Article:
Nine miles from the Chesapeake Bay and 45 miles from Baltimore sits the Conowingo Dam. When it was completed in 1928, the power generated from holding back the lower Susquehanna River made it the second-largest hydroelectric power generation effort in the US, following Niagara Falls (today it contributes some 1.6 billion kilowatt hours to the US electric grid; the lake behind it provides drinking water for Baltimore). Thanks to the way the dam is designed to funnel fish through, it’s also become something of a veritable smorgasbord for hungry birds in search of a tasty meal.
The first time Mike Lemery ever saw a wild Bald Eagle was at New York's Cohoes Falls in 2013. Since the emblematic bird, removed from the Endangered Species List in 2007, has begun to bounce back, they've started gathering at the dam every year as fall turns to winter. Having become captivated by the raptors, Lemery knew he had to go see them there.
At the dam, they feast effortlessly. After the fish pass through the dam thanks to a "fish elevator" that was installed about 15 years ago, they emerge a bit stunned. To a casual observer, the fish appear to be dead. In the moments before they retain their normal vigor and anti-predator defenses, they make easy pickings for a hungry raptor.
As evident in the video above, the eagles are a delight to watch. "They command the attention of everything around it. Every animal, every bird takes notice when an eagle flies in," says Lemery. "It's so graceful and powerful at the same time. It catches your attention like something I've never seen before." He was so inspired that he entered his short film about Bald Eagle behavior at the dam in this year's "Wild to Inspire" short film competition at the Sun Valley Film Festival. The film, Conowingo Dam Bald Eagles, was selected as one of four finalists.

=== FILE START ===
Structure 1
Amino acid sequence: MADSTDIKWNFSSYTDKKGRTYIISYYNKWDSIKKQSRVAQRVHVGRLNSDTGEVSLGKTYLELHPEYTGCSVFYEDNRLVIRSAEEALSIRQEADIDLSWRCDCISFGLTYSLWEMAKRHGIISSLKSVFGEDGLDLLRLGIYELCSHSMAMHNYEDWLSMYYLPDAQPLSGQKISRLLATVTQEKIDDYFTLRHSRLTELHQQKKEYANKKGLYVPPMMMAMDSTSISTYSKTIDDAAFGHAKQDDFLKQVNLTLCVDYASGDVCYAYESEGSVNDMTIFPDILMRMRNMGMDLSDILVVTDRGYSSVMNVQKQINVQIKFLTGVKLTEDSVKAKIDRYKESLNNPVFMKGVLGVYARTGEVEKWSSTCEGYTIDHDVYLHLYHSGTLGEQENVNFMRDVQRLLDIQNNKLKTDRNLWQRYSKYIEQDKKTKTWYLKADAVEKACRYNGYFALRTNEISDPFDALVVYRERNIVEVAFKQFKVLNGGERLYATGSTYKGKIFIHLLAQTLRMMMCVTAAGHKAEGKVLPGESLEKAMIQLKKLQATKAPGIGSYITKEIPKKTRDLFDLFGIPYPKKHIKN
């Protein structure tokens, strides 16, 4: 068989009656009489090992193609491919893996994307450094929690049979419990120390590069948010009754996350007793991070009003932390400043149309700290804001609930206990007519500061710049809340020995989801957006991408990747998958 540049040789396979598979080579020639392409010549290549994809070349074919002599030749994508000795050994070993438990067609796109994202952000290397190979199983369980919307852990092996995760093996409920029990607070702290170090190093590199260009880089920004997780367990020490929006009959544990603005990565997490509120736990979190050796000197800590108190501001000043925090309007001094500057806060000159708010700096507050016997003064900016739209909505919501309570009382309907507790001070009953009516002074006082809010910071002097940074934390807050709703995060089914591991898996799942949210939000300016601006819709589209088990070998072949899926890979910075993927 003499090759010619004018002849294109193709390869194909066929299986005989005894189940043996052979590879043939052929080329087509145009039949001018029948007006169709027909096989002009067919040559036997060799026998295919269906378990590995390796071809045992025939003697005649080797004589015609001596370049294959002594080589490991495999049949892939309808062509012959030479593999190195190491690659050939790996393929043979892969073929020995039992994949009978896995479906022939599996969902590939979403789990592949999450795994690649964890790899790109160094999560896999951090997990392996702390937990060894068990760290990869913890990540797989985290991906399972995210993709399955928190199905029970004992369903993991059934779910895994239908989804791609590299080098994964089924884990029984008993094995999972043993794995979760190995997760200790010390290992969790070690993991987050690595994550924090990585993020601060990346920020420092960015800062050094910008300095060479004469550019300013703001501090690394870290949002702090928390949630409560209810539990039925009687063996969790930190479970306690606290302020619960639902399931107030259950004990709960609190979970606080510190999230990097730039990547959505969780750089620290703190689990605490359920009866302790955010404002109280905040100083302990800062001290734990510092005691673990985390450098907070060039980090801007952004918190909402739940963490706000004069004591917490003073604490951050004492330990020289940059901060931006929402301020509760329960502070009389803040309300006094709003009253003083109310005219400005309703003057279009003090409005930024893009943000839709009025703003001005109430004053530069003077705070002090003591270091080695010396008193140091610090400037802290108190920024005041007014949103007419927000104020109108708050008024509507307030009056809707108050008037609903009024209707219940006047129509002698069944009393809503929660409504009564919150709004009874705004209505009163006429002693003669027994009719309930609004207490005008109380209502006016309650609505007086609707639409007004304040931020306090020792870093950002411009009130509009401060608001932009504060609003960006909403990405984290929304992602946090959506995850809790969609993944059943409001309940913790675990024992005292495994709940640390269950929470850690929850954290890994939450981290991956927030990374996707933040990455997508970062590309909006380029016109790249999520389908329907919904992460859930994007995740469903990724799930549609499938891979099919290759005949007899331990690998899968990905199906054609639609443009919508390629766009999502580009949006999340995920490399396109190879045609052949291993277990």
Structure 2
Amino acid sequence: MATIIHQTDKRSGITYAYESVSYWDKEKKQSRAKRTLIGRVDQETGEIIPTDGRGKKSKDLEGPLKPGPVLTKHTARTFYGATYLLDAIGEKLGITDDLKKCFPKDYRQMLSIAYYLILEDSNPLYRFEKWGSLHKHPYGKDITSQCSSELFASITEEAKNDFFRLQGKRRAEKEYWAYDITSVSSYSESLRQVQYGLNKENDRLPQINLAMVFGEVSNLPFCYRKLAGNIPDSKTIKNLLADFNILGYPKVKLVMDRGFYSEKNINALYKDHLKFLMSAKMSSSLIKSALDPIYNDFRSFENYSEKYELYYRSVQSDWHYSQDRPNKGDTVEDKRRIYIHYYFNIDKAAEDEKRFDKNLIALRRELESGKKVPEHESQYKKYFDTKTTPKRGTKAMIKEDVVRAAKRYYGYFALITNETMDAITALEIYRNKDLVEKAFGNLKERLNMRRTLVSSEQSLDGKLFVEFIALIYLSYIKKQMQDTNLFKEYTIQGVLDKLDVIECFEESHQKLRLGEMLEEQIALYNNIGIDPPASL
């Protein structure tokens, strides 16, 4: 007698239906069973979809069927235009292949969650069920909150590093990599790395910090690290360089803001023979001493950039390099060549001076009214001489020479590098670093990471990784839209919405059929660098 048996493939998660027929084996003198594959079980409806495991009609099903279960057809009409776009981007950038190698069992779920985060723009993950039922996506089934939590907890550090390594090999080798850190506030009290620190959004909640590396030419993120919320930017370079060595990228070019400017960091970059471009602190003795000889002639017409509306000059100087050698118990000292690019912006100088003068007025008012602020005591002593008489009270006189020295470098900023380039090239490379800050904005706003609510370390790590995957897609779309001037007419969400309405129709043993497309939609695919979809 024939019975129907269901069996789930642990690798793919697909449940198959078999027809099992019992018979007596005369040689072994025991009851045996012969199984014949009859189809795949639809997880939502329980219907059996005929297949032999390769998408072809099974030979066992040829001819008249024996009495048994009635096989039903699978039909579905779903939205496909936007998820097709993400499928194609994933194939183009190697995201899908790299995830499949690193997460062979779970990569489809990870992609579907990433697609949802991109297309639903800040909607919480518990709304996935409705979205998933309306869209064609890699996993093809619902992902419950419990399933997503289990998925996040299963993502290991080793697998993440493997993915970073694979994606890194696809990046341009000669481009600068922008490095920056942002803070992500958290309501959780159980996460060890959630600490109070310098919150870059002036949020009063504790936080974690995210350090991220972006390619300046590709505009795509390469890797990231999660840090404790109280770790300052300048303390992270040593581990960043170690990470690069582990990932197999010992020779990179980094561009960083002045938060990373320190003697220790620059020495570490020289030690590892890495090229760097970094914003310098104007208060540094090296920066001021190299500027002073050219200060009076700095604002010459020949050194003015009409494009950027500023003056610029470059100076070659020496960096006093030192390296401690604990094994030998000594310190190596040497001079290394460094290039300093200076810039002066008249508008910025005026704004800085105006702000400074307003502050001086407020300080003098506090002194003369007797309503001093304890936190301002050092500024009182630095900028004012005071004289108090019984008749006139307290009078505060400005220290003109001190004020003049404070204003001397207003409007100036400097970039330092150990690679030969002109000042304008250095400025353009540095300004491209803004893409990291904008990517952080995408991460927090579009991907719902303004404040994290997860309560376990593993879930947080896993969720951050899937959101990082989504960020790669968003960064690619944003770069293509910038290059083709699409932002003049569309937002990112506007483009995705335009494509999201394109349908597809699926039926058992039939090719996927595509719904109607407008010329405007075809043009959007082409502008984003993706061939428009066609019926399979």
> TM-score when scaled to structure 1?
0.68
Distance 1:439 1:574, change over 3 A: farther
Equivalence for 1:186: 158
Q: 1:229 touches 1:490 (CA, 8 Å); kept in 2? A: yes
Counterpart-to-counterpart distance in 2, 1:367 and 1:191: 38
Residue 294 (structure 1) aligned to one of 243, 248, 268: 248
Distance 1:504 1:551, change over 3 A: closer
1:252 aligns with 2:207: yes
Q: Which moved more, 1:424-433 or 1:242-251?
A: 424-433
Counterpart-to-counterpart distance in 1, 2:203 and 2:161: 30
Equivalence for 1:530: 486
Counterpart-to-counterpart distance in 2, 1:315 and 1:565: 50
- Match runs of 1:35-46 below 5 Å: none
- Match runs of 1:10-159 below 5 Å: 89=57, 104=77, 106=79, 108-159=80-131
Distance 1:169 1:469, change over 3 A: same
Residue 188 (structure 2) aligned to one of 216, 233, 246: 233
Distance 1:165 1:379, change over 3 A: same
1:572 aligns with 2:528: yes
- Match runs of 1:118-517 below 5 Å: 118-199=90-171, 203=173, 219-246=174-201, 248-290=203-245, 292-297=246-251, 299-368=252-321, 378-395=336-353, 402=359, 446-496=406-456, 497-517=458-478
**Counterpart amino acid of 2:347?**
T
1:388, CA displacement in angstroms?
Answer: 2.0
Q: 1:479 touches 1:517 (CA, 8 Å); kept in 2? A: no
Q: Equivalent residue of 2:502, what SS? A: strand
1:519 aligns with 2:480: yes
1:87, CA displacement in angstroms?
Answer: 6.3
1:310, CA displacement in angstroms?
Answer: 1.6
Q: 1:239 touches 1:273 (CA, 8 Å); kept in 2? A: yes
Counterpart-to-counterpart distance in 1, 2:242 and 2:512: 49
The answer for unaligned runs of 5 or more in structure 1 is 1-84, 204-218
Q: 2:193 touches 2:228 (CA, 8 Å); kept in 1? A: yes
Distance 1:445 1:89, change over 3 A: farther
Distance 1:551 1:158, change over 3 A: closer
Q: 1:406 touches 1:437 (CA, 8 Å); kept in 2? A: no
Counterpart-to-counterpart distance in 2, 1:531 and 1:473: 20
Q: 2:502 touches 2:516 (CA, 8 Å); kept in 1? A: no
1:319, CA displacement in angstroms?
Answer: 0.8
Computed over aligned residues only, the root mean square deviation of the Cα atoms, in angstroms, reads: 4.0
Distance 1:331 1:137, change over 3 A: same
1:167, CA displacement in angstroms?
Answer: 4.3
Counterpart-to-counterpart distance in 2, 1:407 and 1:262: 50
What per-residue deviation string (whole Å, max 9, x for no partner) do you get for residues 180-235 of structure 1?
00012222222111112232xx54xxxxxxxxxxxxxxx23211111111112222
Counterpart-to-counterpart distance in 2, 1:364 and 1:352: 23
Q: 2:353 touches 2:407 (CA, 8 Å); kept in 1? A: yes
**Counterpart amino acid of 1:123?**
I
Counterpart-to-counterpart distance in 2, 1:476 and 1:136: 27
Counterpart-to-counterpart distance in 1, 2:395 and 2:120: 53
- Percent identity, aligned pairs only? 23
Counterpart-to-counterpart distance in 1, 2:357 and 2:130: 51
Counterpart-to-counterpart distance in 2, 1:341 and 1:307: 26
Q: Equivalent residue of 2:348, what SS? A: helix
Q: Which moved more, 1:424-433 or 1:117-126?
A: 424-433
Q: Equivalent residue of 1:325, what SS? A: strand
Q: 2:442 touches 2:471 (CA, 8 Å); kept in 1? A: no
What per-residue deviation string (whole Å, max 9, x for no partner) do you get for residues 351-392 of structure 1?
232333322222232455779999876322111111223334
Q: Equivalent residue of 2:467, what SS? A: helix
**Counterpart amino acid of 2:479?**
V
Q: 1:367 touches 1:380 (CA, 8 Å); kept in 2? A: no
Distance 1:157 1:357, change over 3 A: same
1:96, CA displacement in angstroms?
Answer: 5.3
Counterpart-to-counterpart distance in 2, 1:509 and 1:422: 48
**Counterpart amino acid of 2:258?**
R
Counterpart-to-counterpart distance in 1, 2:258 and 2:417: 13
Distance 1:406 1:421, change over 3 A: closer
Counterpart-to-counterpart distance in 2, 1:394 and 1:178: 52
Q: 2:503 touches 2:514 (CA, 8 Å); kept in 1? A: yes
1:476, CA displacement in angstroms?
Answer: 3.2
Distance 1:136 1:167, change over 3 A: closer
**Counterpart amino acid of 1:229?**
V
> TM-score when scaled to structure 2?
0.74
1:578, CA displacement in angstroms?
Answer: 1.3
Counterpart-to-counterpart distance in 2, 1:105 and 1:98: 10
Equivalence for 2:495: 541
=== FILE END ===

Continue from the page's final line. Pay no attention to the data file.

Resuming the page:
As a finalist, Lemery was flown to Sun Valley, Idaho by Nat Geo WILD, which sponsors the competition. His film, along with those of the other finalists, was screened before a packed theater as an opening for Bryan Christy's investigative documentary Warlords of Ivory, which aired last autumn on National Geographic Channel. (Full disclosure: I served as a judge for the competition the last two years.) Lemery, whose day job is producing videos for an advertising agency in New York, says that being selected as a finalist gives him the confidence to expand his film into a longer, feature-length documentary about the recovery and future prospects of these iconic birds of prey.